If you don't have a serious roasting pan, you might look into a heavy 15x11" roasting pan (the largest size approximately that fits your average home oven, unless you have a six-burner stove with a wide oven underneath), with drop handles that can take a cover.

                                1. You can braise in a roasting pan. Brown your meat in it and then add your ingredients, and cover tightly with heavy duty aluminum foil, and braise away. Plenty of room, and I think restaurants use this method.

                                  7 Replies
                                  1. re: blondelle

                                    I drop a brick on top of mine to keep the lid heavy. It looks ghetto but works.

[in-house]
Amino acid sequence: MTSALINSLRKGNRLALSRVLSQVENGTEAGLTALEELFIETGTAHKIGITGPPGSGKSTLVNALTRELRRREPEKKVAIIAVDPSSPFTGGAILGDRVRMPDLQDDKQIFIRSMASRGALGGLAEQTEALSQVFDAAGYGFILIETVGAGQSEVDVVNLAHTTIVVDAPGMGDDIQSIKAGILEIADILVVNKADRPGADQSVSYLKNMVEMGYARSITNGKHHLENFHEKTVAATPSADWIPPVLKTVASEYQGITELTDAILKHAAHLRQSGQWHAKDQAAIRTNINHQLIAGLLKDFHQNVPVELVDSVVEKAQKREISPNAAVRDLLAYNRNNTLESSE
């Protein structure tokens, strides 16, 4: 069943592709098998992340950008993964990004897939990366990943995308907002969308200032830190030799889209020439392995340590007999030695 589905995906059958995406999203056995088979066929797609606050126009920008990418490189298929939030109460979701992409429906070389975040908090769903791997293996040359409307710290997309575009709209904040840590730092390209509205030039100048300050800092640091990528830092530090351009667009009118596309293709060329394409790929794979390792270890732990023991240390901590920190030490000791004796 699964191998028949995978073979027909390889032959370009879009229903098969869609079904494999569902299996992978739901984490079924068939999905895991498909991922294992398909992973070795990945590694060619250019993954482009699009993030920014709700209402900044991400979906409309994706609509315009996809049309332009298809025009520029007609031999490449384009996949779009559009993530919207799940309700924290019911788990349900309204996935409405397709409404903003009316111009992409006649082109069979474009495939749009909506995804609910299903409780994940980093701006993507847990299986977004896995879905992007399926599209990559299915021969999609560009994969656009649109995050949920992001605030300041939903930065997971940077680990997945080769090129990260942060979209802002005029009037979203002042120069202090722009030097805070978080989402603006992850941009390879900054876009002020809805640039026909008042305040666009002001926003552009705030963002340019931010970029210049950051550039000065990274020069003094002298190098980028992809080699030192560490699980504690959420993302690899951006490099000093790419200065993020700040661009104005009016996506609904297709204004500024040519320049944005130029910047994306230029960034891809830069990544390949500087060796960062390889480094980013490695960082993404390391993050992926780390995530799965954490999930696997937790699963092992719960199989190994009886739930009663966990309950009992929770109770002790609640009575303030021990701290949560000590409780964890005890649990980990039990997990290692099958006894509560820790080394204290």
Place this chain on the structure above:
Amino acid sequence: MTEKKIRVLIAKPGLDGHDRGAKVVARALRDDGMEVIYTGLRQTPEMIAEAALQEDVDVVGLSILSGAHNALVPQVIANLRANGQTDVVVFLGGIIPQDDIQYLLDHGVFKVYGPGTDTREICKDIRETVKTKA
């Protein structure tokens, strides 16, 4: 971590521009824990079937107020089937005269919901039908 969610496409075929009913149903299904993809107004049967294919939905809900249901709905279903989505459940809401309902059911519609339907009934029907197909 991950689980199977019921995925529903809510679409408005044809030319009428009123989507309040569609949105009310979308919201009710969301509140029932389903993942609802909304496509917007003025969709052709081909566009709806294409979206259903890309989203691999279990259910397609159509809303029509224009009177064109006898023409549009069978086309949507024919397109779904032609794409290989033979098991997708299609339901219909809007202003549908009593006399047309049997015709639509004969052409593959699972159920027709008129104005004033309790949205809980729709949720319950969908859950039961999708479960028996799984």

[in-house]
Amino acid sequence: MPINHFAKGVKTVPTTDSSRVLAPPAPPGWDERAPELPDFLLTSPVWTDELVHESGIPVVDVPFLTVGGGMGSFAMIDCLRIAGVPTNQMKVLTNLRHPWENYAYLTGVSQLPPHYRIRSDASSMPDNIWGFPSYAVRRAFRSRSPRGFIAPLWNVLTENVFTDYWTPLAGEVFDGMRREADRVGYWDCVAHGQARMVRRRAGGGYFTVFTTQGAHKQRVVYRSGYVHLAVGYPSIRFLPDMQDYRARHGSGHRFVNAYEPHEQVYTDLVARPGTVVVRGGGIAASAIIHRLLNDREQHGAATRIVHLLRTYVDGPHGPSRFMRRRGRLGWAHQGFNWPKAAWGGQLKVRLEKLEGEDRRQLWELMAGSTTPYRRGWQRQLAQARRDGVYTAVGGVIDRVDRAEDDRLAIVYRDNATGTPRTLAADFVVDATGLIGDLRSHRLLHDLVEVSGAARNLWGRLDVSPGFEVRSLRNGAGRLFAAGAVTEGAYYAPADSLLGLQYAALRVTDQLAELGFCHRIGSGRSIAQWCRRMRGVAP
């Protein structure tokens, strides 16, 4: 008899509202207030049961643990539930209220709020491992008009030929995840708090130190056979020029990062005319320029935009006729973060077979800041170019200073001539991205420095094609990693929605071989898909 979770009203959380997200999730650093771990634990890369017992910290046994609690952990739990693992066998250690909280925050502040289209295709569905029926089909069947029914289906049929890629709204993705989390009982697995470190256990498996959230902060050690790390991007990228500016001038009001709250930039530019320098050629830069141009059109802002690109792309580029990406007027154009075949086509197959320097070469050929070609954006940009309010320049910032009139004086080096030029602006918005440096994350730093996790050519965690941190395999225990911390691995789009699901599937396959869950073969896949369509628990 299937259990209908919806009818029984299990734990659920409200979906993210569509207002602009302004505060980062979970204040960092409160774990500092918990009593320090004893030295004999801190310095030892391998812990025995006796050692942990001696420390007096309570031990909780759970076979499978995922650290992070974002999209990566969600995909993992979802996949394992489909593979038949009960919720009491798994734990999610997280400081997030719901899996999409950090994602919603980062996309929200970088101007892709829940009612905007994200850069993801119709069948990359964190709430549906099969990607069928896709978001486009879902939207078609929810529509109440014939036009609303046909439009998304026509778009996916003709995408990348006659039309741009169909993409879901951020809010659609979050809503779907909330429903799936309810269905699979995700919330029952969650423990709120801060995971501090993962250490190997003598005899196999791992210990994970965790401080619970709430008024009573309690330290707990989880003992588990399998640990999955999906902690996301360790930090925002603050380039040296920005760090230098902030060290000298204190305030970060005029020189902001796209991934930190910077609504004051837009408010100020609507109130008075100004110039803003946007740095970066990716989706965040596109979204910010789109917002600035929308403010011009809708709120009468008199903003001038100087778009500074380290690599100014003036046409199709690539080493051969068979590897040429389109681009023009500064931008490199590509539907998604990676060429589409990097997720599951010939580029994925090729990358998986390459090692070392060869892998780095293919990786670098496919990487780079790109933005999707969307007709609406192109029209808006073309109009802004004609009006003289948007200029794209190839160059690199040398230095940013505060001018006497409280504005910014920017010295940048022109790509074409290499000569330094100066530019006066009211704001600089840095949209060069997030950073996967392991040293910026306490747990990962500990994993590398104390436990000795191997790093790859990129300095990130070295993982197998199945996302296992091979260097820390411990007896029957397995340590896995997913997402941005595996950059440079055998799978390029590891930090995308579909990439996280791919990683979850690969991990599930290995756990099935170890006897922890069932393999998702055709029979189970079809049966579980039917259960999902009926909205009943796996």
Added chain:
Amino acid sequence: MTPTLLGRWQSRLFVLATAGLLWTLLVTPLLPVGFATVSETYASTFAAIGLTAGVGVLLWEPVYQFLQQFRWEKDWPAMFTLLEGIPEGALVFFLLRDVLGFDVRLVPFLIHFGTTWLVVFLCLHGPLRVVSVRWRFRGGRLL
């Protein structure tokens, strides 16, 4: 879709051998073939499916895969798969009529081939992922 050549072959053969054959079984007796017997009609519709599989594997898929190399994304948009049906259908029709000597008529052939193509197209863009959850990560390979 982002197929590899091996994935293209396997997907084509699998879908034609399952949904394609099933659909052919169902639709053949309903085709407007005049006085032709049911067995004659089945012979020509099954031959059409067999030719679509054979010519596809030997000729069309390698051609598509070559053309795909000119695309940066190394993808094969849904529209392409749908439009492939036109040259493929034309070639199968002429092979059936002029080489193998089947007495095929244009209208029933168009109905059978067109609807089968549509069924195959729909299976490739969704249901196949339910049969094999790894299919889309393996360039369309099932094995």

I have seen people put dough around the edge too.

                                    1. re: JanPrimus

                                      That's why I got a bigger DO. Twice I had to weigh down the lid with a really heavy rock (my cat weighed 5# at the time and it weighed more than she).

                                      1. re: c oliver

                                        I have the 14 quart MACA but it just does not work (Shape wise) for a braised brisket and a few other dishes. The funny thing is that I don't have a normal sized cast iron dutch oven yet. I will most likely buy a 7 quart Lodge this summer.

                                        1. re: JanPrimus